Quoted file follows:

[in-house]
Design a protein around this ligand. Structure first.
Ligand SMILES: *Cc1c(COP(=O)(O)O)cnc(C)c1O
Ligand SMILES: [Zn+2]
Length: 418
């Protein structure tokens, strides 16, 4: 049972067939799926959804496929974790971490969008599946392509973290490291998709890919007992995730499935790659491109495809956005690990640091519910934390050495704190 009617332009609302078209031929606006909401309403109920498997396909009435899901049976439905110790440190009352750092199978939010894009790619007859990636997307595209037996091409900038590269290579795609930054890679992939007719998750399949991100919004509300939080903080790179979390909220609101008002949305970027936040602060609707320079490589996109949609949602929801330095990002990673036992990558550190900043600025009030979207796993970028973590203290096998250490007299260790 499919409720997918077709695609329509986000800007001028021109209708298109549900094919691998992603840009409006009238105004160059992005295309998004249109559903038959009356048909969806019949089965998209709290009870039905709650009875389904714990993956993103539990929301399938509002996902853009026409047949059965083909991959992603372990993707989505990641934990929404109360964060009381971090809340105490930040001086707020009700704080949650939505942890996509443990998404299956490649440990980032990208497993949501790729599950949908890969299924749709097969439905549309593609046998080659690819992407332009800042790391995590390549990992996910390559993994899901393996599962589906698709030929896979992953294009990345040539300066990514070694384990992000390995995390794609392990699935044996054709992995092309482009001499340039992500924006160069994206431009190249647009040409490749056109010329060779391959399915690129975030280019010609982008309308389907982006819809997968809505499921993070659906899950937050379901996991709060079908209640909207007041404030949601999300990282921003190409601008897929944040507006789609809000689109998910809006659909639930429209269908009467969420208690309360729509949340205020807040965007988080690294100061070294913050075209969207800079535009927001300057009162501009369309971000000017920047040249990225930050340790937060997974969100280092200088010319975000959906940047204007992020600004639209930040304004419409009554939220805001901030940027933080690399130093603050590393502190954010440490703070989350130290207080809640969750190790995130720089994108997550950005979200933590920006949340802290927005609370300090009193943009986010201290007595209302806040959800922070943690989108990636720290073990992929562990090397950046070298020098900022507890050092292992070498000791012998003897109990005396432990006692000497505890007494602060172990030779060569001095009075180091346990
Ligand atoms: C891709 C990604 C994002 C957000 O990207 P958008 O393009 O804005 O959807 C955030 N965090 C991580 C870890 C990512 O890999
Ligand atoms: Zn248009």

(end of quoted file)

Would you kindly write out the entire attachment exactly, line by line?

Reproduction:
[in-house]
Design a protein around this ligand. Structure first.
Ligand SMILES: *Cc1c(COP(=O)(O)O)cnc(C)c1O
Ligand SMILES: [Zn+2]
Length: 418
């Protein structure tokens, strides 16, 4: 049972067939799926959804496929974790971490969008599946392509973290490291998709890919007992995730499935790659491109495809956005690990640091519910934390050495704190 009617332009609302078209031929606006909401309403109920498997396909009435899901049976439905110790440190009352750092199978939010894009790619007859990636997307595209037996091409900038590269290579795609930054890679992939007719998750399949991100919004509300939080903080790179979390909220609101008002949305970027936040602060609707320079490589996109949609949602929801330095990002990673036992990558550190900043600025009030979207796993970028973590203290096998250490007299260790 499919409720997918077709695609329509986000800007001028021109209708298109549900094919691998992603840009409006009238105004160059992005295309998004249109559903038959009356048909969806019949089965998209709290009870039905709650009875389904714990993956993103539990929301399938509002996902853009026409047949059965083909991959992603372990993707989505990641934990929404109360964060009381971090809340105490930040001086707020009700704080949650939505942890996509443990998404299956490649440990980032990208497993949501790729599950949908890969299924749709097969439905549309593609046998080659690819992407332009800042790391995590390549990992996910390559993994899901393996599962589906698709030929896979992953294009990345040539300066990514070694384990992000390995995390794609392990699935044996054709992995092309482009001499340039992500924006160069994206431009190249647009040409490749056109010329060779391959399915690129975030280019010609982008309308389907982006819809997968809505499921993070659906899950937050379901996991709060079908209640909207007041404030949601999300990282921003190409601008897929944040507006789609809000689109998910809006659909639930429209269908009467969420208690309360729509949340205020807040965007988080690294100061070294913050075209969207800079535009927001300057009162501009369309971000000017920047040249990225930050340790937060997974969100280092200088010319975000959906940047204007992020600004639209930040304004419409009554939220805001901030940027933080690399130093603050590393502190954010440490703070989350130290207080809640969750190790995130720089994108997550950005979200933590920006949340802290927005609370300090009193943009986010201290007595209302806040959800922070943690989108990636720290073990992929562990090397950046070298020098900022507890050092292992070498000791012998003897109990005396432990006692000497505890007494602060172990030779060569001095009075180091346990
Ligand atoms: C891709 C990604 C994002 C957000 O990207 P958008 O393009 O804005 O959807 C955030 N965090 C991580 C870890 C990512 O890999
Ligand atoms: Zn248009």